Objective: Autoimmune responses to DNA topoisomerase I (topo I) are found in a subset of scleroderma patients who are at high risk for interstitial lung disease (ILD) and mortality. Anti-topo I antibodies (ATAs) are associated with specific HLA-DRB1 alleles, and the frequency of HLA-DR-restricted topo I-specific CD4+ T cells is associated with the presence, severity, and progression of ILD. Although this strongly implicates the presentation of topo I peptides by HLA-DR in scleroderma pathogenesis, the processing and presentation of topo I has not been studied.
Methods: We developed a natural antigen processing assay (NAPA) to identify putative CD4+ T cell epitopes of topo I presented by monocyte-derived dendritic cells (mo-DCs) from 6 ATA-positive patients with scleroderma. Mo-DCs were pulsed with topo I protein, HLA-DR-peptide complexes were isolated, and eluted peptides were analyzed by mass spectrometry. We then examined the ability of these naturally presented peptides to induce CD4+ T cell activation in 11 ATA-positive and 11 ATA-negative scleroderma patients.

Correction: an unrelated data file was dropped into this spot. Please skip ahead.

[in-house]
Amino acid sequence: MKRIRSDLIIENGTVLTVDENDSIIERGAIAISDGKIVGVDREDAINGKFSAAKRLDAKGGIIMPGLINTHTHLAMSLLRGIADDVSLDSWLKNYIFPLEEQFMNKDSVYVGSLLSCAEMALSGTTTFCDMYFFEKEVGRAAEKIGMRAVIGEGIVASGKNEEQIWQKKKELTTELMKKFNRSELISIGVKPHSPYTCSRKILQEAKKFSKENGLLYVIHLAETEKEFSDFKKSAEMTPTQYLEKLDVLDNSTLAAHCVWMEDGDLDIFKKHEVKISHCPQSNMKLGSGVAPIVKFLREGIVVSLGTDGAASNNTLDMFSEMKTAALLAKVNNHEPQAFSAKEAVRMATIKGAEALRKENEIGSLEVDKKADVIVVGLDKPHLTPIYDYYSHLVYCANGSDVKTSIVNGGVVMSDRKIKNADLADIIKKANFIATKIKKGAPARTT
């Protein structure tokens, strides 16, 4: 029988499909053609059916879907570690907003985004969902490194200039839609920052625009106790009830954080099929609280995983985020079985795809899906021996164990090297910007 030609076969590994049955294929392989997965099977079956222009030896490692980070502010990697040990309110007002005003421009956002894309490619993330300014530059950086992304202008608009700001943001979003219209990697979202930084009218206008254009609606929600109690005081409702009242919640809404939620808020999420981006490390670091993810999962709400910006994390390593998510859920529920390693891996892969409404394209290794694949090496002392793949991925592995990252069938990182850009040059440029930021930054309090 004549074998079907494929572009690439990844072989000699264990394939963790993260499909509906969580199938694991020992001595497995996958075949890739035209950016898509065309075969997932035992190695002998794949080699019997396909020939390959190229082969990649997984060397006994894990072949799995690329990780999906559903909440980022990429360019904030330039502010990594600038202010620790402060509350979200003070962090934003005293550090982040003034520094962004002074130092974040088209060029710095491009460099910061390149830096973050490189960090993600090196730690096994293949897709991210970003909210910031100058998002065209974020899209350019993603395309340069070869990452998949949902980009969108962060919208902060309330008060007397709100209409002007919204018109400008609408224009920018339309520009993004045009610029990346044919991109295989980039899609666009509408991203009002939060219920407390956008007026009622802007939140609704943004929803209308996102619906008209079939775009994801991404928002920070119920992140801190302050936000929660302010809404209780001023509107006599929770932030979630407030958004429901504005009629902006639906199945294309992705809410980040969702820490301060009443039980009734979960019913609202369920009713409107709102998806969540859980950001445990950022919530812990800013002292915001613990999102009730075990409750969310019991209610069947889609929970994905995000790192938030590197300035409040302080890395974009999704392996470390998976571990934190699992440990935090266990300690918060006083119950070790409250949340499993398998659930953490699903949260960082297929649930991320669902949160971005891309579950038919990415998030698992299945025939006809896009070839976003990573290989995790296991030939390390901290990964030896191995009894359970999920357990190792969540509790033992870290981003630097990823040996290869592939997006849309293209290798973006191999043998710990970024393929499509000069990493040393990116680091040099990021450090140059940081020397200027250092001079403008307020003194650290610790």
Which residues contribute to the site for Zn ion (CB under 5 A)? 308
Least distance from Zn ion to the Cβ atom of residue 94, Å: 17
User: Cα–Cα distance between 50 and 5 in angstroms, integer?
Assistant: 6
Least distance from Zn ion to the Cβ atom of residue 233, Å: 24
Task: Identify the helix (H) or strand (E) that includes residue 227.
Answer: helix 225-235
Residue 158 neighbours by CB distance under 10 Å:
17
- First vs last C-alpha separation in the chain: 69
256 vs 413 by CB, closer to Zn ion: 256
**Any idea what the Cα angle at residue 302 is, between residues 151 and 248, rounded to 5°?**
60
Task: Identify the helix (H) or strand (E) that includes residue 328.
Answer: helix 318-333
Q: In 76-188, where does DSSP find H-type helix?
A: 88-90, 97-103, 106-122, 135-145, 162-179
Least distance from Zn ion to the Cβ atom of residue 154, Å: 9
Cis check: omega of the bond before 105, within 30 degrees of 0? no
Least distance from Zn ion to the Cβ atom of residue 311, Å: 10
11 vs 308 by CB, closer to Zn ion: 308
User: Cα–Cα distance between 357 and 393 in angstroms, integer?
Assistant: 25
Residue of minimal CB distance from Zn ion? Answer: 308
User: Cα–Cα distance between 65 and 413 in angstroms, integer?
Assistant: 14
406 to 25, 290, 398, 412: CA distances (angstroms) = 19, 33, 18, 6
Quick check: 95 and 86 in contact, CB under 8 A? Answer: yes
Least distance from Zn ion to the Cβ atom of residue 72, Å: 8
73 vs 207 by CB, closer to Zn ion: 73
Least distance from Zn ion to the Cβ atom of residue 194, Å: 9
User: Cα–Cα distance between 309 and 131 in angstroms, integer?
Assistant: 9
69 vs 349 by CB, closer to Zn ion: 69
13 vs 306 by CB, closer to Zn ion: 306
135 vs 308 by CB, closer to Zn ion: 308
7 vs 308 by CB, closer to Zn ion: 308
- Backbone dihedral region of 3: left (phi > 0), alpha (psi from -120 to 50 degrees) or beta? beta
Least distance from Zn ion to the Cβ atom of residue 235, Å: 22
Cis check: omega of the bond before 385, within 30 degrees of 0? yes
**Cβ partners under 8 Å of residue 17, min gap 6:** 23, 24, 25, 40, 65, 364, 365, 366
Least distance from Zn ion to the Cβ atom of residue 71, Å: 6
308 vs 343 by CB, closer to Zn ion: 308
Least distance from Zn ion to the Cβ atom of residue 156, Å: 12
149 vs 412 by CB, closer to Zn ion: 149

Results: We found that a common set of 10 topo I epitopes was presented by Mo-DCs from scleroderma patients with diverse HLA-DR variants. Sequence analysis revealed shared peptide-binding motifs within the HLA-DRβ chains of ATA-positive patients and a subset of topo I epitopes with distinct sets of anchor residues capable of binding to multiple different HLA-DR variants. The NAPA-derived epitopes elicited robust CD4+ T cell responses in 73% of ATA-positive patients (8 of 11), and the number of epitopes recognized correlated with ILD severity (P = 0.025).
Conclusion: These findings mechanistically implicate the presentation of a convergent set of topo I epitopes in the development of scleroderma.
© 2020, American College of Rheumatology.